Anyway, thanks for your comments- I can see you appreciate the issues of this navbox. -J JMesserly (talk) 20:01, 14 January 2009 (UTC)

As a technical note, I implemented this using switch arrays. eg:template:place info Berlin String Functions might make this a lot more elegant, but we work with what we have, and what we have now is certainly a lot better than 2 years ago. I appreciate the server load issues, and given the choices, I prefer fast servers and getting along with #switch. -J JMesserly (talk) 17:34, 23 January 2009 (UTC)

Browser specific?[edit]

Does template this rely on browser specific features? Samulili (talk) 09:07, 25 January 2009 (UTC)

No. Although support for microformats is most advanced in Firefox, plugins are available for other browsers ("Oomph" for IE, for example) and there are on-site scripts and stand-alone websites which will also interpret them. Andy Mabbett (talk) 11:50, 25 January 2009 (UTC)
Andy is correct. {{Creator}} and {{location}} also emit this metadata, and it is easy to overlook the significance of the growing use of microformats on Commons. To speak candidly and somewhat boldly, I expect nothing less that it is Commons' destiny to be the global source of microformat encoded knowlege. If we are to achieve that destiny, we need to make it simple for contributors to encode this metadata and check its accuracy. I expect there will be a lot of competition from the various vendors on supporting this internet standard in the next few years. Personally I mention Operator and Firefox for the reason Andy mentioned. I heard IE announced its next version will support microformats, and I think Firefox has made similar noises. -J JMesserly (talk) 16:20, 25 January 2009 (UTC)
So, if I understand thing correctly, this is, in fact, a techonology that is available to few (in Firefox with an extension, in IE with a plugin). It would seem to me that adopting this technology over another will reduce accessibility of Commons - if an alternative exists. I'm not sure that I have understood microformats, but I think I should ask, if this is not something that could be done in other ways, although maybe with some server-side scripting? Samulili (talk) 17:52, 25 January 2009 (UTC)
hcard and the other microformats are a data format specified in html, and not a technology. The web applications may or may not recognize the data, and will do different things with it- eg. some history blog might have a toobar widget that allows the user to collect links to interesting historical information they find on commons and elsewhere on the net. As for existing microformat aware net applications, the map, address book and calendar applications each do their own thing on the data that Commons could never anticipate. It is exposed in microformat tags within Commons and Wikipedia pages. Within the data this template is emitting is a link url back to the Commons page. Eg: try yahoo calendar on one of the pages using this template. The first page you see, click on the event name and you get back to the originating commons image that the event microdata refers to. Search engines can also use such metadata for searching trusted sites- eg: a future Yahoo search for images in the period 1870 to 1880 from France. So contrary to your initial impression that this might reduce accessibility, rather it would increase accessibility of Commons.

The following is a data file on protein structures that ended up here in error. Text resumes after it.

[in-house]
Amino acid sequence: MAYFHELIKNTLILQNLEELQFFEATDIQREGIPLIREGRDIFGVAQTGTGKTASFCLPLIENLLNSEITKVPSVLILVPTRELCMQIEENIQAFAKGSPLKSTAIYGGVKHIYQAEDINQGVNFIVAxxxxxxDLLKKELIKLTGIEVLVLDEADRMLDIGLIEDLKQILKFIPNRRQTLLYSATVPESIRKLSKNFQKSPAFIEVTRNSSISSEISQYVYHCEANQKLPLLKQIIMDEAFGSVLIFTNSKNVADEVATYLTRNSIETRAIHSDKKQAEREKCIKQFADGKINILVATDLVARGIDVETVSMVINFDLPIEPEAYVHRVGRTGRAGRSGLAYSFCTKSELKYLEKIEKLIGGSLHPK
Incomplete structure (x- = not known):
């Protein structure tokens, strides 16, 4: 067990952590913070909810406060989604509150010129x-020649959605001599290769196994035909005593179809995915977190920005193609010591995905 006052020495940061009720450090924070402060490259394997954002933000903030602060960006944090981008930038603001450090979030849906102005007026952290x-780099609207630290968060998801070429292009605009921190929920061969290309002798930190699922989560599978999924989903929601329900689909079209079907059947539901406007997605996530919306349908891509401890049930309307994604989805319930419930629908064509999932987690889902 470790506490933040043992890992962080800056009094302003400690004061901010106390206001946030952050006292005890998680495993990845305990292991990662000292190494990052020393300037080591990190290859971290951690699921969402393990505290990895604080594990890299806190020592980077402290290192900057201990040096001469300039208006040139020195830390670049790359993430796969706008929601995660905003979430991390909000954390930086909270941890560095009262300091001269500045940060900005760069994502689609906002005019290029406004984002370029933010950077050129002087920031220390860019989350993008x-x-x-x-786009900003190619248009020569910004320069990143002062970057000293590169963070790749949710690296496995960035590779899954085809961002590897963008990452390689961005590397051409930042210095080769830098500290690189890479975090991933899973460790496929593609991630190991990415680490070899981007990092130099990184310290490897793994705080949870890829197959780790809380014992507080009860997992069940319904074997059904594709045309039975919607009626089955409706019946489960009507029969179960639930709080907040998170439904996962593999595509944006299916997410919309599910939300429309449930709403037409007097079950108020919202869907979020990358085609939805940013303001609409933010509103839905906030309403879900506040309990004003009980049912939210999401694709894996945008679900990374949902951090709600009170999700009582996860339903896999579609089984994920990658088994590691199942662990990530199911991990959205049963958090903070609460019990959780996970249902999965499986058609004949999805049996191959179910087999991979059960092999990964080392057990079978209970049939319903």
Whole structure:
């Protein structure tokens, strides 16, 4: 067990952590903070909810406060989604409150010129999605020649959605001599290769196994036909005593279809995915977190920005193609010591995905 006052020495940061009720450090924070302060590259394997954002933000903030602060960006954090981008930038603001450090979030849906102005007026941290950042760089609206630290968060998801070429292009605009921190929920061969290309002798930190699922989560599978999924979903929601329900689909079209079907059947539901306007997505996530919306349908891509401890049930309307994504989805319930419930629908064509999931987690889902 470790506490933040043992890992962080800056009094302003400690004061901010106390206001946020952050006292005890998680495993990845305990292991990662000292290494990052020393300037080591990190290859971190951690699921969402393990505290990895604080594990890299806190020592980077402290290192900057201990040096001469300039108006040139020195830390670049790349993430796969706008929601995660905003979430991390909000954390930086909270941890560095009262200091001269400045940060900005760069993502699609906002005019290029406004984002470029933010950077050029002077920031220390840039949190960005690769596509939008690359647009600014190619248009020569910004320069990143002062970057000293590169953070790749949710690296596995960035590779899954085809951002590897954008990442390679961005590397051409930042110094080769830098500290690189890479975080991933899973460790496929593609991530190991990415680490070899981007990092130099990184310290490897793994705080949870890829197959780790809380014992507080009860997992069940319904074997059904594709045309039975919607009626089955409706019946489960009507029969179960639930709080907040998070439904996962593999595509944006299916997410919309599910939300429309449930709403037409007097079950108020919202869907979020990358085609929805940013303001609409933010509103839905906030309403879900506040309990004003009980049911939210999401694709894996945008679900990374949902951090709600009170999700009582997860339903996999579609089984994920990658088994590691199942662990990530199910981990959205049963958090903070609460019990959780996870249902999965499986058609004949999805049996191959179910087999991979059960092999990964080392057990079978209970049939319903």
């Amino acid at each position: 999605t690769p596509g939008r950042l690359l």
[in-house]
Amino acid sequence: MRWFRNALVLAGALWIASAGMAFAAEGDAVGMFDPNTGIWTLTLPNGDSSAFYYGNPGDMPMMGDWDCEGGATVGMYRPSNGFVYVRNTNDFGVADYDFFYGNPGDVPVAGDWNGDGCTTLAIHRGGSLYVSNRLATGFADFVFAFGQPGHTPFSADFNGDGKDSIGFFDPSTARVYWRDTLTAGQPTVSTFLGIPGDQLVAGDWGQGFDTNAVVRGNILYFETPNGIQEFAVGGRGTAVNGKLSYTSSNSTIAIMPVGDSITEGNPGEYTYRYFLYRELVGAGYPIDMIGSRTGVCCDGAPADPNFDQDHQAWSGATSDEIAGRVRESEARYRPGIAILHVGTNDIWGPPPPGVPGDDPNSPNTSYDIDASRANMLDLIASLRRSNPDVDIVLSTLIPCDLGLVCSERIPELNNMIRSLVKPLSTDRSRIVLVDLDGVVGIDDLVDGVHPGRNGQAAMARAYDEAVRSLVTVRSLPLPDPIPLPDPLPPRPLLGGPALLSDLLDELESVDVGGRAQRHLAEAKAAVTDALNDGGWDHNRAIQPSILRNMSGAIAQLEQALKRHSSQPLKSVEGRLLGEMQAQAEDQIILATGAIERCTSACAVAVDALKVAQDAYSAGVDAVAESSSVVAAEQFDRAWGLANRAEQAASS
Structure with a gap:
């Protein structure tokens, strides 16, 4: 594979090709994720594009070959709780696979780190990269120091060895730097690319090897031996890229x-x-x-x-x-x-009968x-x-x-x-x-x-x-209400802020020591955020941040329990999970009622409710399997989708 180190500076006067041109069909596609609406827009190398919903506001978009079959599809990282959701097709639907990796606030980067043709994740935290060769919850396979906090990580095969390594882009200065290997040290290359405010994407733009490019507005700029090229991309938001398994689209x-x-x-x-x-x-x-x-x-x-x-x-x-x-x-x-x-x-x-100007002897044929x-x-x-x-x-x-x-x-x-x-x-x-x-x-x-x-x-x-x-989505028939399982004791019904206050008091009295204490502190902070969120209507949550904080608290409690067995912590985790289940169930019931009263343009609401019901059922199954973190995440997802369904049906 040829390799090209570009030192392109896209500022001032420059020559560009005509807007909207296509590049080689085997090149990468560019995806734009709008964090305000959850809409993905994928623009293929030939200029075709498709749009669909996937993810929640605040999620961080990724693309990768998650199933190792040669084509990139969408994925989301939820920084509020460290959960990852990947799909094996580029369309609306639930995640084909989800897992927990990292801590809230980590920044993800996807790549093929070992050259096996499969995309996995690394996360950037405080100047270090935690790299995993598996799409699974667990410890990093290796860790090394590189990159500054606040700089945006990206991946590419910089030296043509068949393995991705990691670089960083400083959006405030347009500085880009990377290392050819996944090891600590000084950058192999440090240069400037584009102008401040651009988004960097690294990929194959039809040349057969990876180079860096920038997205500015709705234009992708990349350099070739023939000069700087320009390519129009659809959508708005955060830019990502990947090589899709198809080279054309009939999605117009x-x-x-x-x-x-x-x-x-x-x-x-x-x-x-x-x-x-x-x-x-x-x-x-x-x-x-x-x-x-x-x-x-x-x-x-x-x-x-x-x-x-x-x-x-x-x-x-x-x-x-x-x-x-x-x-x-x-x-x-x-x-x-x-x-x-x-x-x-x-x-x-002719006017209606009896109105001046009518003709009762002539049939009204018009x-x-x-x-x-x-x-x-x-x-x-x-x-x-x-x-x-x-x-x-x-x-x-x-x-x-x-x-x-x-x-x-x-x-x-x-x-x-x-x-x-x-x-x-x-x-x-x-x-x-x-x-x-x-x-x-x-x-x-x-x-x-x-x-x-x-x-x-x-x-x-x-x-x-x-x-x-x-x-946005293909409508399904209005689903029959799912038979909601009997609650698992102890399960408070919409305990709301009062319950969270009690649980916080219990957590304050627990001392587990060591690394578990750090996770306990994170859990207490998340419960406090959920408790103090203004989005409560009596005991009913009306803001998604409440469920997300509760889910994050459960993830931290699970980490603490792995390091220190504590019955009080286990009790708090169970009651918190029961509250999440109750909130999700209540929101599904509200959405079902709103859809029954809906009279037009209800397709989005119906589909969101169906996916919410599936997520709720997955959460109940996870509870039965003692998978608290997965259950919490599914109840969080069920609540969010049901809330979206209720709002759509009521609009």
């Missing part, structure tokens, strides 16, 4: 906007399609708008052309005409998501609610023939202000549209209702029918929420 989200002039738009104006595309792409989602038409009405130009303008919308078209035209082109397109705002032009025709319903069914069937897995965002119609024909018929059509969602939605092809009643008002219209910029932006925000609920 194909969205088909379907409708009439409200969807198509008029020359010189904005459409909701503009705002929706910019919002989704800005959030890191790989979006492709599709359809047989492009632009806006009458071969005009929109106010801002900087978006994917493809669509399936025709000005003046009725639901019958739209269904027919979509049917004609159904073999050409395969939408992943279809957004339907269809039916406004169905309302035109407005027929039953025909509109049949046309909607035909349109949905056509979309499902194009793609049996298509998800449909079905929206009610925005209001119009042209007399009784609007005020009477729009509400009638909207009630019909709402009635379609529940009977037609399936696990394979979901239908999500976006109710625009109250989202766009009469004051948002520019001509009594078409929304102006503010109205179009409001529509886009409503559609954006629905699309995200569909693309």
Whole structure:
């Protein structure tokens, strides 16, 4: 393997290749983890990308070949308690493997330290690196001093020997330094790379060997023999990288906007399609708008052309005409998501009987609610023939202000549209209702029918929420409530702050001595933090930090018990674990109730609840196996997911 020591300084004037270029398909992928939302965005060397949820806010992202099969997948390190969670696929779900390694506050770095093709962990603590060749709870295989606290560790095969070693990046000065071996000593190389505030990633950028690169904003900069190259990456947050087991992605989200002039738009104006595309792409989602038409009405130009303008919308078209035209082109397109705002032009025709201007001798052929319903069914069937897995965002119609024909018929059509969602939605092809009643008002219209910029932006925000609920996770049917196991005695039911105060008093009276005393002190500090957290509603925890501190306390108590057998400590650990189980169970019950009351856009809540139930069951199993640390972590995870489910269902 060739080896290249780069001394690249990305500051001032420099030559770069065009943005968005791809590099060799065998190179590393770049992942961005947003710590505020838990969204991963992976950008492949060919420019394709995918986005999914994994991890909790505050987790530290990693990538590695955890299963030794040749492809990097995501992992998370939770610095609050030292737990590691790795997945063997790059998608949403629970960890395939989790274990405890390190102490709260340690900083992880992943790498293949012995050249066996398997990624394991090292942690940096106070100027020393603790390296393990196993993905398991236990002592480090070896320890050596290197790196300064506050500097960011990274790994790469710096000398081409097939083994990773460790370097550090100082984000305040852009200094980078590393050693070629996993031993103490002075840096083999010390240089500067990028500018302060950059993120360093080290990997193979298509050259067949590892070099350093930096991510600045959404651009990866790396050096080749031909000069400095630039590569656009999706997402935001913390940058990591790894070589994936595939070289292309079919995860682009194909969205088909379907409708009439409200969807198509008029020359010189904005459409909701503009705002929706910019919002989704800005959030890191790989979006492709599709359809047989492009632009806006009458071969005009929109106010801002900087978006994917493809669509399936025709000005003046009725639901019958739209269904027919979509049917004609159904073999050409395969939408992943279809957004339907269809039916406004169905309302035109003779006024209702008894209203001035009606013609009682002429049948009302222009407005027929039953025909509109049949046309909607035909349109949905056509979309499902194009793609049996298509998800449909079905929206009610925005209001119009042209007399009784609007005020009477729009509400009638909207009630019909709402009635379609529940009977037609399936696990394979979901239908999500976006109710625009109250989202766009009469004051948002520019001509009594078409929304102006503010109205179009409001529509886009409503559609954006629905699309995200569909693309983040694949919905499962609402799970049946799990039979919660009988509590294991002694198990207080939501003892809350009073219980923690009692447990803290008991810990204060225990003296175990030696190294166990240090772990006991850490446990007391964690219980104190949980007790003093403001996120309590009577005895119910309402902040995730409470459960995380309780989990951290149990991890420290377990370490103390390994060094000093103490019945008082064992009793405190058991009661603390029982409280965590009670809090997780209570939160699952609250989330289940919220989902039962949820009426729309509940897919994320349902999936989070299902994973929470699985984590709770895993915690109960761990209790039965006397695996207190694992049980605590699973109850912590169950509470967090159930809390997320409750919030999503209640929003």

So I guess I am not understanding the problem server side scripts would address. Is it the number of expensive calls this particular template uses? If so, that is entirely unrelated to microformats. Most of that processing expense has to do with scanning for categories so that a dynamic navigation box can be constructed given a place and decade.
I suppose that a timeline gagdget might be implemented using this data, but the pages would still have to emit the data somehow, so it is probably best that they access the data using a standard like microformats, and that it be emitted from templates since the microformats standard and applications using them are rapidly evolving. Such a server side application would have inherent benefits if run on Commons due to efficiency of sql processing. So again, it adds accessibility to commons rather than detracts. -J JMesserly (talk) 18:33, 25 January 2009 (UTC)
No; see my references to "on-site scripts" and "stand-alone websites", above. The correct use of microformats will be invisible to anyone not using a microformat parser, but freely available to anyone, using such services as the latter. For example, if you paste the Commons URL http://commons.wikimedia.org/wiki/File:002657_7304b4b1.jpg into http://suda.co.uk/projects/microformats/geo/ you get a KML file for the location of the image, which can then be used elsewhere, such as in Google Earth; or viewed in Google maps, on any web-capable device. Sooner or later, Google (who are already shooing interest in using microformats) will cut out that intermediate stage. Andy Mabbett (talk) 19:19, 25 January 2009 (UTC)